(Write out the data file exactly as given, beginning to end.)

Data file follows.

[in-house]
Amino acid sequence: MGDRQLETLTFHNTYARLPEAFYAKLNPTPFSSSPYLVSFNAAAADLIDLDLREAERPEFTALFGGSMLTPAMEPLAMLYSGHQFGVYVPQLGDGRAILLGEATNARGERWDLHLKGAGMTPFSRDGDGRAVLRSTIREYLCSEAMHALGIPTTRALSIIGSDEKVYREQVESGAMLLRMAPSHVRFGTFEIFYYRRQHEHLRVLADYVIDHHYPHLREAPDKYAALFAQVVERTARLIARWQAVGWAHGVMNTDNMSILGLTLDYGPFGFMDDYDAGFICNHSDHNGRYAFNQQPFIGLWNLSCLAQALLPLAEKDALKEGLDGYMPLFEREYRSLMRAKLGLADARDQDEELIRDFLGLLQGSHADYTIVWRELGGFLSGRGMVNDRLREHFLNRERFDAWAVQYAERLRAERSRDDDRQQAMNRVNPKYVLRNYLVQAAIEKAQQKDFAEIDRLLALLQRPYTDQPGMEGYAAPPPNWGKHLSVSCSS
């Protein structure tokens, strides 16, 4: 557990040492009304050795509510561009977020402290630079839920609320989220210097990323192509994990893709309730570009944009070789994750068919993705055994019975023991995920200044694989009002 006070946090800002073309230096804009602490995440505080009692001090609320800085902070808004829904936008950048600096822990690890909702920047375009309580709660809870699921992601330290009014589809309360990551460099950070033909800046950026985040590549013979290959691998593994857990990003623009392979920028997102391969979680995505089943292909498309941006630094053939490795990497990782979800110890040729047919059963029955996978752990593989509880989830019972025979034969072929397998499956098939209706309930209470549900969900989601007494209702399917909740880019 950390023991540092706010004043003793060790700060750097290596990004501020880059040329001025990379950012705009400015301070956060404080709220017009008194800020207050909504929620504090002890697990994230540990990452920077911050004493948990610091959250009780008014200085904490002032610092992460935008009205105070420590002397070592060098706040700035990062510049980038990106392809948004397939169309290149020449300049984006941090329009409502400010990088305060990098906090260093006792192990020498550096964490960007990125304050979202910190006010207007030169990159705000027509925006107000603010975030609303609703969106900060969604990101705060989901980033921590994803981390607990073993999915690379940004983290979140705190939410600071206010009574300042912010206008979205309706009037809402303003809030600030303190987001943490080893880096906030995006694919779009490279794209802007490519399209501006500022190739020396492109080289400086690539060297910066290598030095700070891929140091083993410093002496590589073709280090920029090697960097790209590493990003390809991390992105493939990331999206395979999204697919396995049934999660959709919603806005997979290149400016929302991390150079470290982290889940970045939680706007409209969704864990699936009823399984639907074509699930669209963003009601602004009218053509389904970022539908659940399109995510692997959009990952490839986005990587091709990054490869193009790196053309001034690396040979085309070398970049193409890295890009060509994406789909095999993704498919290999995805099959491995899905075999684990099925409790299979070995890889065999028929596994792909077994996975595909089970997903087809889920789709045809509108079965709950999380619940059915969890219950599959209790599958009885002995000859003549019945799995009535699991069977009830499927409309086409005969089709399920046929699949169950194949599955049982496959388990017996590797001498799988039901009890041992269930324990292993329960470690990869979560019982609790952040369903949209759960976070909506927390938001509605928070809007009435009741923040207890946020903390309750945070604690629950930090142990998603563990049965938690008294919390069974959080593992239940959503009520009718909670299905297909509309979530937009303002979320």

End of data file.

[in-house]
Amino acid sequence: MGDRQLETLTFHNTYARLPEAFYAKLNPTPFSSSPYLVSFNAAAADLIDLDLREAERPEFTALFGGSMLTPAMEPLAMLYSGHQFGVYVPQLGDGRAILLGEATNARGERWDLHLKGAGMTPFSRDGDGRAVLRSTIREYLCSEAMHALGIPTTRALSIIGSDEKVYREQVESGAMLLRMAPSHVRFGTFEIFYYRRQHEHLRVLADYVIDHHYPHLREAPDKYAALFAQVVERTARLIARWQAVGWAHGVMNTDNMSILGLTLDYGPFGFMDDYDAGFICNHSDHNGRYAFNQQPFIGLWNLSCLAQALLPLAEKDALKEGLDGYMPLFEREYRSLMRAKLGLADARDQDEELIRDFLGLLQGSHADYTIVWRELGGFLSGRGMVNDRLREHFLNRERFDAWAVQYAERLRAERSRDDDRQQAMNRVNPKYVLRNYLVQAAIEKAQQKDFAEIDRLLALLQRPYTDQPGMEGYAAPPPNWGKHLSVSCSS
């Protein structure tokens, strides 16, 4: 557990040492009304050795509510561009977020402290630079839920609320989220210097990323192509994990893709309730570009944009070789994750068919993705055994019975023991995920200044694989009002 006070946090800002073309230096804009602490995440505080009692001090609320800085902070808004829904936008950048600096822990690890909702920047375009309580709660809870699921992601330290009014589809309360990551460099950070033909800046950026985040590549013979290959691998593994857990990003623009392979920028997102391969979680995505089943292909498309941006630094053939490795990497990782979800110890040729047919059963029955996978752990593989509880989830019972025979034969072929397998499956098939209706309930209470549900969900989601007494209702399917909740880019 950390023991540092706010004043003793060790700060750097290596990004501020880059040329001025990379950012705009400015301070956060404080709220017009008194800020207050909504929620504090002890697990994230540990990452920077911050004493948990610091959250009780008014200085904490002032610092992460935008009205105070420590002397070592060098706040700035990062510049980038990106392809948004397939169309290149020449300049984006941090329009409502400010990088305060990098906090260093006792192990020498550096964490960007990125304050979202910190006010207007030169990159705000027509925006107000603010975030609303609703969106900060969604990101705060989901980033921590994803981390607990073993999915690379940004983290979140705190939410600071206010009574300042912010206008979205309706009037809402303003809030600030303190987001943490080893880096906030995006694919779009490279794209802007490519399209501006500022190739020396492109080289400086690539060297910066290598030095700070891929140091083993410093002496590589073709280090920029090697960097790209590493990003390809991390992105493939990331999206395979999204697919396995049934999660959709919603806005997979290149400016929302991390150079470290982290889940970045939680706007409209969704864990699936009823399984639907074509699930669209963003009601602004009218053509389904970022539908659940399109995510692997959009990952490839986005990587091709990054490869193009790196053309001034690396040979085309070398970049193409890295890009060509994406789909095999993704498919290999995805099959491995899905075999684990099925409790299979070995890889065999028929596994792909077994996975595909089970997903087809889920789709045809509108079965709950999380619940059915969890219950599959209790599958009885002995000859003549019945799995009535699991069977009830499927409309086409005969089709399920046929699949169950194949599955049982496959388990017996590797001498799988039901009890041992269930324990292993329960470690990869979560019982609790952040369903949209759960976070909506927390938001509605928070809007009435009741923040207890946020903390309750945070604690629950930090142990998603563990049965938690008294919390069974959080593992239940959503009520009718909670299905297909509309979530937009303002979320």